Perhaps most interestingly she was also in many ways the obverse of the traditional mid-late medieval queen, who was expected to be humble and intercessory. She emphatically rejected the paradigm of submissive queenship, insisted on having a real job to do and was devoted to that work. As well as acting as part of Edward’s innermost circle of advisers, she also took on her own shoulders a whole department charged with accumulating properties for the Crown and acquired, through her own efforts, a major landed estate. In modern terms one might well see in Eleanor a parallel with Hillary Clinton – a real dynamic power behind the throne. feature on 30th October 2015


    Sara Cockerill's Eleanor of Castile is available for purchase now.

  • The Georgians: things you may not know - Britain Magazine feature

    Think you know the Georgians? Check out these weird and wonderful facts about the people who lived during an age of great social and political change, from Mike Rendell’s new book, The Georgians in 100 Facts.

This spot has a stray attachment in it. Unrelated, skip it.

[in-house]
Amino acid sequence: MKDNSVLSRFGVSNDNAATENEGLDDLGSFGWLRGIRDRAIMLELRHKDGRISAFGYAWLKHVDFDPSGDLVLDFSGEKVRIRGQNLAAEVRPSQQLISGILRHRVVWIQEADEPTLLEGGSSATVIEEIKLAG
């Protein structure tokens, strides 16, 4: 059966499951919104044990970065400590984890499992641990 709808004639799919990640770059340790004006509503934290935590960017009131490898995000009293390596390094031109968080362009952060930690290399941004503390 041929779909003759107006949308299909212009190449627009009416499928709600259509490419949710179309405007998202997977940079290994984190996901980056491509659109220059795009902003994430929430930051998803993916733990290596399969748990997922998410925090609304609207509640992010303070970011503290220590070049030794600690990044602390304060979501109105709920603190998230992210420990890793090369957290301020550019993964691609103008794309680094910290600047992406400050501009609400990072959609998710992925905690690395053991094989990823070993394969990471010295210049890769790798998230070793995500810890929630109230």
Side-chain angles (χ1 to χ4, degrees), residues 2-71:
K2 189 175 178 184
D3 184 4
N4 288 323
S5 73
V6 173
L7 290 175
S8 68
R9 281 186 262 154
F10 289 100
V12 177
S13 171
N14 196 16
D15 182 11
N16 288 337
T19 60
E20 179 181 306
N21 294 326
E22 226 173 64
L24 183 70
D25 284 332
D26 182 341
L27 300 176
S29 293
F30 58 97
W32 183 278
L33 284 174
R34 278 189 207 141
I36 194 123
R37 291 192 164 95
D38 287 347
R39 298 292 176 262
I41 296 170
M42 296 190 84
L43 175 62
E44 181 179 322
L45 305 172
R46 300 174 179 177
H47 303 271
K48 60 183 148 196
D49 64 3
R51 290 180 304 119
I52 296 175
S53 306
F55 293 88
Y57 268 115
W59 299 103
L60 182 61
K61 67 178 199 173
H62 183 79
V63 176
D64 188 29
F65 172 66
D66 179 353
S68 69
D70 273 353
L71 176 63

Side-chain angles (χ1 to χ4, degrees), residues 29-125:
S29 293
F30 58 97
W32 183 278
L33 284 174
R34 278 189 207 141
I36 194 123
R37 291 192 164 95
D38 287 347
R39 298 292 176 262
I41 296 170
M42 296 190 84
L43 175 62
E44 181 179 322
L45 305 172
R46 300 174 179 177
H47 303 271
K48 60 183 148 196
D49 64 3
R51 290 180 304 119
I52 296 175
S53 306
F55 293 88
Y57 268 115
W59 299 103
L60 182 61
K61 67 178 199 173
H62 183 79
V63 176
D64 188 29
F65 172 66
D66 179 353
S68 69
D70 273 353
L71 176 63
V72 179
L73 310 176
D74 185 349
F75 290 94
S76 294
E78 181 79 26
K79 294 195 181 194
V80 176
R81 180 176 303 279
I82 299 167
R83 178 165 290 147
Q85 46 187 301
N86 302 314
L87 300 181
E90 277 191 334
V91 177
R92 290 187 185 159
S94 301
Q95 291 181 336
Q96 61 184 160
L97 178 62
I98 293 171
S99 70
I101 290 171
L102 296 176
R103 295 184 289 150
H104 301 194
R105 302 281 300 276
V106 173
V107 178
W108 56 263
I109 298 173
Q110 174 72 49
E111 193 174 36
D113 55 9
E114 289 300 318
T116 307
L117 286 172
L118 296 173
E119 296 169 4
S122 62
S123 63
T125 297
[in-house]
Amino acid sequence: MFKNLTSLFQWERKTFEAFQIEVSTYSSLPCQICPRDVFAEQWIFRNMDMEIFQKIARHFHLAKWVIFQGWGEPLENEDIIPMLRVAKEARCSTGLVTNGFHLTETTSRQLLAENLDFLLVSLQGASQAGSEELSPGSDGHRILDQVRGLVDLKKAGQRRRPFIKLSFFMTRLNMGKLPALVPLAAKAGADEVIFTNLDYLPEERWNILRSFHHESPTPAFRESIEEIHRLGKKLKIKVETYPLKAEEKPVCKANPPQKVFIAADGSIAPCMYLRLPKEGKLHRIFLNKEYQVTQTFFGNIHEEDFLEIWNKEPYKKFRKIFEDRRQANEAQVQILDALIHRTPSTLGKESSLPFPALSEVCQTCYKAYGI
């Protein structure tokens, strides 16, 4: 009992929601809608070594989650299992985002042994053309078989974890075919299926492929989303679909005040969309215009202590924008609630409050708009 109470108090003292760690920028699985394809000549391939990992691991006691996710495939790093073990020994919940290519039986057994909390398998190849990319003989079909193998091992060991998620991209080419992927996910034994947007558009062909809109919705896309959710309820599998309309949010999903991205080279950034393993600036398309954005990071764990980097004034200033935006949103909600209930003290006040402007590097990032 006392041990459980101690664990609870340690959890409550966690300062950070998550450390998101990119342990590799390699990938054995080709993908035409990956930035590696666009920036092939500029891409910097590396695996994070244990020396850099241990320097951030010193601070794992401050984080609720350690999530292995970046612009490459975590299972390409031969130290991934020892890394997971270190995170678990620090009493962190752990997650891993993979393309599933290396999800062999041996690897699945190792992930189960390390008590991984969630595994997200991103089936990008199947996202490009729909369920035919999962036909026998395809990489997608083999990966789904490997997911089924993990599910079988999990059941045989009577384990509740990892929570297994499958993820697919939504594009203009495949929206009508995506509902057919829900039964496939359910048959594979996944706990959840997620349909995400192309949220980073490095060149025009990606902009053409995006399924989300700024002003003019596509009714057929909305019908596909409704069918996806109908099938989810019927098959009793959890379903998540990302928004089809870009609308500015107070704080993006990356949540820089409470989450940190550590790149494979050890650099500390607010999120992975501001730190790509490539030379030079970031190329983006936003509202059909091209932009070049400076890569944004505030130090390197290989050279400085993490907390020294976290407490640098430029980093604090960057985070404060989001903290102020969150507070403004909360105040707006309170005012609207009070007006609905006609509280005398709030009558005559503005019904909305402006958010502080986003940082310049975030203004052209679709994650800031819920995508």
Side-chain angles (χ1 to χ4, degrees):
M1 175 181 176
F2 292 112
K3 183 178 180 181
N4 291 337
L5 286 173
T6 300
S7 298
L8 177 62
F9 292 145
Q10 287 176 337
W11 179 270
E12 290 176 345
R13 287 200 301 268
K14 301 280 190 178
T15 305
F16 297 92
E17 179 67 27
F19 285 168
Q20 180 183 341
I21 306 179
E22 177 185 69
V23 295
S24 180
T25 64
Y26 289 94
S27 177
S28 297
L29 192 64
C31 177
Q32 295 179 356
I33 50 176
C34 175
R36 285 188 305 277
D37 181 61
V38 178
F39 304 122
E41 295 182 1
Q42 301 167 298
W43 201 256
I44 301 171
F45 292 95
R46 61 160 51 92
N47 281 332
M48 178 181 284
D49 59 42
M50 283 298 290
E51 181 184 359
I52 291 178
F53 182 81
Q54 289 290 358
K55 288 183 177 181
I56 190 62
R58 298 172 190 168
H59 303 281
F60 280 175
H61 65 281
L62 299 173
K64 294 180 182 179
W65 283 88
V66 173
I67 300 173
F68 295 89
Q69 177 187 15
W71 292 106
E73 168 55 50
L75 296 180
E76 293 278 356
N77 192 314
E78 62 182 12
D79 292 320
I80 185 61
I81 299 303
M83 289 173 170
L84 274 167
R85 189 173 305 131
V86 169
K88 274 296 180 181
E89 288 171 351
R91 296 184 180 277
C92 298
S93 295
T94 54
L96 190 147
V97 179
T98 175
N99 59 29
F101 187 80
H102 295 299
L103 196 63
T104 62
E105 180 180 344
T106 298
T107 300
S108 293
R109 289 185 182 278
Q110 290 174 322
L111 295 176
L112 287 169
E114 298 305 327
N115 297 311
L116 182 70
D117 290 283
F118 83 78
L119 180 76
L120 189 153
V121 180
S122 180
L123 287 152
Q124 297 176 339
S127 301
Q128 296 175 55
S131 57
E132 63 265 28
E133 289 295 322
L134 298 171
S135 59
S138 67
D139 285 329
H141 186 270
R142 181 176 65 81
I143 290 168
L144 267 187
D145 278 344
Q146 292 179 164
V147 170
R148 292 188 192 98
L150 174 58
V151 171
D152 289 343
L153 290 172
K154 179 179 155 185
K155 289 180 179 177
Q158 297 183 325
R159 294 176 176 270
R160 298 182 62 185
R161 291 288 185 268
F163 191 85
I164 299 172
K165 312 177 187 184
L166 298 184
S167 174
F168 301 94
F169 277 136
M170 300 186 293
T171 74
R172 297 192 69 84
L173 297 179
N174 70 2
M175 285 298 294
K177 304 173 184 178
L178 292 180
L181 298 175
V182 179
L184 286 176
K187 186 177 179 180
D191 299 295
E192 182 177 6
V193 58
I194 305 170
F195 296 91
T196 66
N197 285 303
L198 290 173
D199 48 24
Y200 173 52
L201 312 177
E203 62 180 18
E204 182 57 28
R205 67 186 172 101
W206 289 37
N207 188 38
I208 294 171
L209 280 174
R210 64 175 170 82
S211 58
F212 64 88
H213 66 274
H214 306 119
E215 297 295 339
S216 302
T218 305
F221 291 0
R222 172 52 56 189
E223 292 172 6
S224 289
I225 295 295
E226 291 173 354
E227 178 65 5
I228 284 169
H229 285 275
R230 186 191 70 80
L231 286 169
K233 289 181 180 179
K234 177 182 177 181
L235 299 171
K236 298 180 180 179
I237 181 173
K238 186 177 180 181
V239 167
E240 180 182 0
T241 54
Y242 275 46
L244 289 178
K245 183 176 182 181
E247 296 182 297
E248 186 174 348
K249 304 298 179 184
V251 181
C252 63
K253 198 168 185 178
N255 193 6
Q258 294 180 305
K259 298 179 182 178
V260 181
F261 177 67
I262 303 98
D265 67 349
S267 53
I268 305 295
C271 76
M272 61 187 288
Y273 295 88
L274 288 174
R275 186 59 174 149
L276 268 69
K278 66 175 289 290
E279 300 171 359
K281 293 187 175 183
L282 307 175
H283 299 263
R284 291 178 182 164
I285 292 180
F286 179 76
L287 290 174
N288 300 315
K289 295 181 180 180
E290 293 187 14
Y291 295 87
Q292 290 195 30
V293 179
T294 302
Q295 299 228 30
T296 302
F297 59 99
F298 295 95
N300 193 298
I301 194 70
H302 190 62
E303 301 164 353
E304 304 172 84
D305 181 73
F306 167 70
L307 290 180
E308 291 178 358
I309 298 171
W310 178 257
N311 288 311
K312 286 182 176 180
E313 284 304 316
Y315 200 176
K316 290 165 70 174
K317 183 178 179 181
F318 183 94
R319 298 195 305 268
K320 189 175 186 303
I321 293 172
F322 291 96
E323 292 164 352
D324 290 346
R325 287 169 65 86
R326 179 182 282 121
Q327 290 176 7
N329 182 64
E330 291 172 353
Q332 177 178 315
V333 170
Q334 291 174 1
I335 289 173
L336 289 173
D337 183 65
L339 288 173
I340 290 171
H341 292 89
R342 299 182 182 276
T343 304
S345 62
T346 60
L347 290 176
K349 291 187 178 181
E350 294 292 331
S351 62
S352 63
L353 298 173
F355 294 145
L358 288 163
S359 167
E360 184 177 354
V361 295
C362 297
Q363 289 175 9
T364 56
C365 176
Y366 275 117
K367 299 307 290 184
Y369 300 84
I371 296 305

Jane_Austen_coloured_version Jane Austen, from a drawing by her sister Cassandra

    The Georgian era is known for its lavish fashions and sumptuous food, as well as being a time of great social and political change. It saw the birth of the Industrial Revolution, the abolition of the slave trade and the expansion of the British Empire.

    It was also the age of some of the most colourful and creative characters in British history, from Shelley and Wordsworth to the mad King George III and Capability Brown.

    Mike Rendell’s new book The Georgians in 100 Facts covers some weird and wonderful facts about the era, as well as debunking myths. Here’s a taste of what’s on offer.